Star Trek Fan Film Settles Lawsuit With Paramount and CBS

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For well over a year now, Axanar Films has been in a legal dispute with Paramount and CBS over copyright infringement. Axanar Film produced and released a prequel film called Prelude to Axanar, which was based on a battle that was mentioned in the original Star Trek television series back in the sixties. It seems that all that has come to an end.

Due to the popularity of the fan-film, Axanar, headed by producer Alec Peters, decided that he was going to make a feature-length version that was going to focus on the canonical battle. After raising nearly $1 million on both Kickstater and Indiegogo, as well as using costumes very close to the original concept designs.

The case has been settled between Axanar Films, Paramount and CBS on Friday. In the statement, reported by Polygon, stated that there is no monetary settlement, but they have to make some major changes to the project in order for this matter to be resolved.

“Any future Star Trek fan films produced by Axanar or Mr. Peters will be in accordance with the ‘Guidelines for Fan Films’ distributed by CBS and Paramount in June 2016,” according to a statement from Paramount.

Furthermore, Paramount and CBS have added that they have no intention of stopping fan films or fan-fiction, as long as the films follow the proper guidelines set forth by the two companies. Which include, fan films can’t exceed 15 minutes (30 minutes if it’s a digital series), can’t use clips from any of the Star Trek films or series, can’t use official costumes, can’t use the name Star Trek and can’t be made for profit. Essentially, filmmakers can use the idea of Star Trek, but they can’t use anything that’s already been published.

“Paramount and CBS would like Star Trek fans, with their boundless creativity and passion, to ‘Live Long and Prosper.’”

The major source of concern for the two studios is that Axanar was receiving this money and was not be accountable for the $1 million they collected and didn’t want fans to be confused that the film was an actual production of the studio. However, in more greater concern, how were they planning on distributing the film and recoup the expenses.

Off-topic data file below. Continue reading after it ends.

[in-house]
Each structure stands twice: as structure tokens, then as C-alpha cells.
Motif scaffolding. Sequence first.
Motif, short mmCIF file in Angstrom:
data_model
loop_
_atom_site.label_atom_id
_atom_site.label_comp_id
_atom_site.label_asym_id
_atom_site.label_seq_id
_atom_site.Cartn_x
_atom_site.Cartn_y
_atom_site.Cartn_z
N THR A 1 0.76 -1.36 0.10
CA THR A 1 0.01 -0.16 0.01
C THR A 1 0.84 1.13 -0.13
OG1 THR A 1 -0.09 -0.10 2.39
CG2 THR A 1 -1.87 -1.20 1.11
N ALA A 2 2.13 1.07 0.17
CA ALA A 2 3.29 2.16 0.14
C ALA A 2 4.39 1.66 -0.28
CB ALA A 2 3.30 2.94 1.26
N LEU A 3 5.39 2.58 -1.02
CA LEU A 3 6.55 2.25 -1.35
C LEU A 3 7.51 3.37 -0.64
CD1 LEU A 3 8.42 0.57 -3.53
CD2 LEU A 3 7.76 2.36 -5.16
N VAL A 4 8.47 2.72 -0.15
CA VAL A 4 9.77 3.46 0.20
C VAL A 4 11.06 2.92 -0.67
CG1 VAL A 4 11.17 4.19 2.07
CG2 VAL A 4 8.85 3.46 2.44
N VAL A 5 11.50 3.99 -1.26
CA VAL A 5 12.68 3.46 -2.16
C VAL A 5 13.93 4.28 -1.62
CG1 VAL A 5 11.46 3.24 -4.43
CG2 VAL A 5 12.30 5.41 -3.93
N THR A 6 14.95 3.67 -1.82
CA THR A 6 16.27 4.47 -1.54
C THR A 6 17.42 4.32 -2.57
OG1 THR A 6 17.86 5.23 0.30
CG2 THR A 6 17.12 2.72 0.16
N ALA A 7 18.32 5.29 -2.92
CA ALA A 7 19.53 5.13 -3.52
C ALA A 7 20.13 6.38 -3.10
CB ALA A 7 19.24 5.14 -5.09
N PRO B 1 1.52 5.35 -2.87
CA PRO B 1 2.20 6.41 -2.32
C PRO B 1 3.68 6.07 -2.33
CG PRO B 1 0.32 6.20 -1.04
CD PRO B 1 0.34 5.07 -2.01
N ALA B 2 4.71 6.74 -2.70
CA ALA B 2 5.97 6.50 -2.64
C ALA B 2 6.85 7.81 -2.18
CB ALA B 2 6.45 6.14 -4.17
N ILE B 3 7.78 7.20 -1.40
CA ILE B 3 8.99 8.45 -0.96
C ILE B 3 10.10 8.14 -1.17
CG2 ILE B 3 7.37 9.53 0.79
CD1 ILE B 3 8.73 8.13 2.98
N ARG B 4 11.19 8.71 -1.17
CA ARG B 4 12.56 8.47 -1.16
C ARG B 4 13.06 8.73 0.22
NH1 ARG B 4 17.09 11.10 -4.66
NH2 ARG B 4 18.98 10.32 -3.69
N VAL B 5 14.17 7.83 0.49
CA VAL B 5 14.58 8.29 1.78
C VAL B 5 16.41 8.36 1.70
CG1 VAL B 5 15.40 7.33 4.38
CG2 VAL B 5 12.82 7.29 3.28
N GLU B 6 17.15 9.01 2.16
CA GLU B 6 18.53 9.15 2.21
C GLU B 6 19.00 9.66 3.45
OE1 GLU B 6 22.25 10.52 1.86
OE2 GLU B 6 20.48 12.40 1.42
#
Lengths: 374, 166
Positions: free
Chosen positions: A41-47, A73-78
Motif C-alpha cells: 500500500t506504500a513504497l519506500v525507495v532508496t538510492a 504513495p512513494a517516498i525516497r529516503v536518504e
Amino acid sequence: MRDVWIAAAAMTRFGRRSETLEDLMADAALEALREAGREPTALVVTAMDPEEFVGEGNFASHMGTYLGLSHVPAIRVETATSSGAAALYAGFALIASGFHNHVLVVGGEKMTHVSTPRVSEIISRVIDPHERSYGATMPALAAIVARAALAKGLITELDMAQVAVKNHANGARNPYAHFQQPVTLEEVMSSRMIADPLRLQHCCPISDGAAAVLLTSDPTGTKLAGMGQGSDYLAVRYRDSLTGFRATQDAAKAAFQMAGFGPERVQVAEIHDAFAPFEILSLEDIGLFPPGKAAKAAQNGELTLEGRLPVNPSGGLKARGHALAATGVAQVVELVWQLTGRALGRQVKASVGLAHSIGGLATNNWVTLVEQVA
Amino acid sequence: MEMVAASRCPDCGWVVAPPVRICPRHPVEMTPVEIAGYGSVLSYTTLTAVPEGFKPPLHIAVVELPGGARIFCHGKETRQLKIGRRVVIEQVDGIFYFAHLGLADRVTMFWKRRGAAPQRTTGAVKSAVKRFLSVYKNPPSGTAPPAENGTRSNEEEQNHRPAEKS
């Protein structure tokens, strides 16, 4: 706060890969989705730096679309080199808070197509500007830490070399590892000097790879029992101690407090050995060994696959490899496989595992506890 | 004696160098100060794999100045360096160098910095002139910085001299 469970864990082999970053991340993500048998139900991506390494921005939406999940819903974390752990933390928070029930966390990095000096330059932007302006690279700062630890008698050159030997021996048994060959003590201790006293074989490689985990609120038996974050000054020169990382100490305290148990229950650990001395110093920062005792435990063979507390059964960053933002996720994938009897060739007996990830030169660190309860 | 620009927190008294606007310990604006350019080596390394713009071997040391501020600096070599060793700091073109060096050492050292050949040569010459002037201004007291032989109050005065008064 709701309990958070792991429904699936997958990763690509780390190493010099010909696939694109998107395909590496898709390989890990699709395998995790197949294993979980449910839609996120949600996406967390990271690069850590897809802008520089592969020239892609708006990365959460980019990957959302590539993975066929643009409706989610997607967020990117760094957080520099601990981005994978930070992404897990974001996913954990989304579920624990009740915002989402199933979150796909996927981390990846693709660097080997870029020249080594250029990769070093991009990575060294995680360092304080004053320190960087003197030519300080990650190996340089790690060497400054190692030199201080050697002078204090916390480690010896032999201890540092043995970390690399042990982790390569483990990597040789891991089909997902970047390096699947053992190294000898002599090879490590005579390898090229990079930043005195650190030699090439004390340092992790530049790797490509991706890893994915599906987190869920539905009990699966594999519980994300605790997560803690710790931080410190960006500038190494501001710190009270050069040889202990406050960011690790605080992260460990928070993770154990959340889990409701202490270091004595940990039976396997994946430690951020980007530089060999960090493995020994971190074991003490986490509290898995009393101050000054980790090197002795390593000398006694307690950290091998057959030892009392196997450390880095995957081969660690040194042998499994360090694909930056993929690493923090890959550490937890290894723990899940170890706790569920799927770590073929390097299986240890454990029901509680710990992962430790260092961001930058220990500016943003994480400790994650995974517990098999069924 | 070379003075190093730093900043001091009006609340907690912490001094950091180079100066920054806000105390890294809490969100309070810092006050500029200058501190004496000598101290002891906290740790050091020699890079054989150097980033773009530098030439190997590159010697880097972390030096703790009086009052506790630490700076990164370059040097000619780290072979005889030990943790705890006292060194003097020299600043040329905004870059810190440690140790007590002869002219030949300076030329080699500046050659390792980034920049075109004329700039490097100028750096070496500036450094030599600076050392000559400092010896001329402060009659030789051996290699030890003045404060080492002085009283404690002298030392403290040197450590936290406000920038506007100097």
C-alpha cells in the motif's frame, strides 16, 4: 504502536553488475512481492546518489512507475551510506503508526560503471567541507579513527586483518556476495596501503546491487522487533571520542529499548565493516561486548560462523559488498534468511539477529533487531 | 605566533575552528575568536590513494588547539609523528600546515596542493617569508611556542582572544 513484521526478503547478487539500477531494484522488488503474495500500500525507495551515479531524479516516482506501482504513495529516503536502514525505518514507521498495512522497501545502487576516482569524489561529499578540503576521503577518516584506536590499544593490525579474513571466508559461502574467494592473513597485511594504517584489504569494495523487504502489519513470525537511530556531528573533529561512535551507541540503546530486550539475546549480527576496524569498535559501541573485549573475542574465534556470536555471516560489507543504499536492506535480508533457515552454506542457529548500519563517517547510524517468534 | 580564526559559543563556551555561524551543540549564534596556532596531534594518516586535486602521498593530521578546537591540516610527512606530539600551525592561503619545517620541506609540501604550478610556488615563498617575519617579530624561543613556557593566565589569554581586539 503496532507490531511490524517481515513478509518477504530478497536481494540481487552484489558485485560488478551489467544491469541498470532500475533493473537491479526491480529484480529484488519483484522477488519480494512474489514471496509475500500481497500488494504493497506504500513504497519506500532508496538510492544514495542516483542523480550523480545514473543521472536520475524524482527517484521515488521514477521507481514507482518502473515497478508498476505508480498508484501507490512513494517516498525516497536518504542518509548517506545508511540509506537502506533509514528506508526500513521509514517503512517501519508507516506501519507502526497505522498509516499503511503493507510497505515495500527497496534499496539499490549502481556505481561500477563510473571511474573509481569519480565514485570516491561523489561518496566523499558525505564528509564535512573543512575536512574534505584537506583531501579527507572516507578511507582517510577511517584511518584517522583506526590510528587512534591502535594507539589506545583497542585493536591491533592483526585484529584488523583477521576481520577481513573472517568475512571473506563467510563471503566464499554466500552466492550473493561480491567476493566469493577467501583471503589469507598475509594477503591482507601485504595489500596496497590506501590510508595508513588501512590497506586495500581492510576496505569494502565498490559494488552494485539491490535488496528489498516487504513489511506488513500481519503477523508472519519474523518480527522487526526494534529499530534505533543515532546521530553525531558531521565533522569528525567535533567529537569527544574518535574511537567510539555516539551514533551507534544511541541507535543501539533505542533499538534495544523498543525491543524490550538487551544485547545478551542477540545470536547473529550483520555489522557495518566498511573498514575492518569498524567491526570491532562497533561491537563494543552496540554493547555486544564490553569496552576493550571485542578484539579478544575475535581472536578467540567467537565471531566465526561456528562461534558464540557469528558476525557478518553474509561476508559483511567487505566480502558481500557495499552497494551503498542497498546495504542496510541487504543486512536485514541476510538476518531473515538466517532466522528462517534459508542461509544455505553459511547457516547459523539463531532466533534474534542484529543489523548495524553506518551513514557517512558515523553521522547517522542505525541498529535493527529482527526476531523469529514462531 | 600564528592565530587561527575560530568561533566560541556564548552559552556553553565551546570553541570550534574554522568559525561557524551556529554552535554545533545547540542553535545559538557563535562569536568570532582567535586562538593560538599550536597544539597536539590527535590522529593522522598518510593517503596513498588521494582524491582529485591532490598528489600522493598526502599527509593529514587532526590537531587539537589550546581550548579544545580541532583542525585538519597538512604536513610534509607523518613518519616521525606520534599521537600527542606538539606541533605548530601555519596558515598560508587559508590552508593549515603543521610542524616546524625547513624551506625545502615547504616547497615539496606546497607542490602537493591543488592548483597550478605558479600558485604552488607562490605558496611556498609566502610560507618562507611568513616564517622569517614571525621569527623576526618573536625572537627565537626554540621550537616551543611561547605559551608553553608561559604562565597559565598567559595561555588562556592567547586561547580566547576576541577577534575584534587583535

1. Actually, the official concern and the reason CBS and Paramount sued Axanar Productions was, as you noted, for copyright infringement, something they have not elected to do to any other Star Trek fan production (going all the way back to the 1970s) including ones that use(d) much more CBS-owned IP than what was in “Prelude To Axanar” or what would have been in the Axanar movie. While the money raised in crowdfunding by Axanar Productions was brought up in court documents by CBS and Paramount, and defended by Axanar Productions, it was not the main stated concern of the case. Going forward, while Axanar Productions will not be able to use crowdfunding under their agreement with CBS, they are allowed to raise funds through private donations.

  2. The concern of CBS and Paramount, at least officially and as far as the court documents are concerned, are as you noted at the beginning of the article, was copyright infringement. The crowdfunding money was brought up in the complaints and various motions along the way, but the basis of the suit was the very thing that every Star Trek fan film going back to the 1970s has done, some more than others, but the first to actually be taken to Court for it was Axanar.
    Also, a mistake in your interpretation of the Guidelines, it’s not that fan films can’t use official costumes, the rule is you can still make your own, but if you buy Star Trek costumes to use in your fan film, they must be products licensed by CBS.

    1. Thanks for the comment. Yeah, it was never about the movie being made but the money they were taking in. Also, that people don’t confuse it with something from CBS or Paramount.

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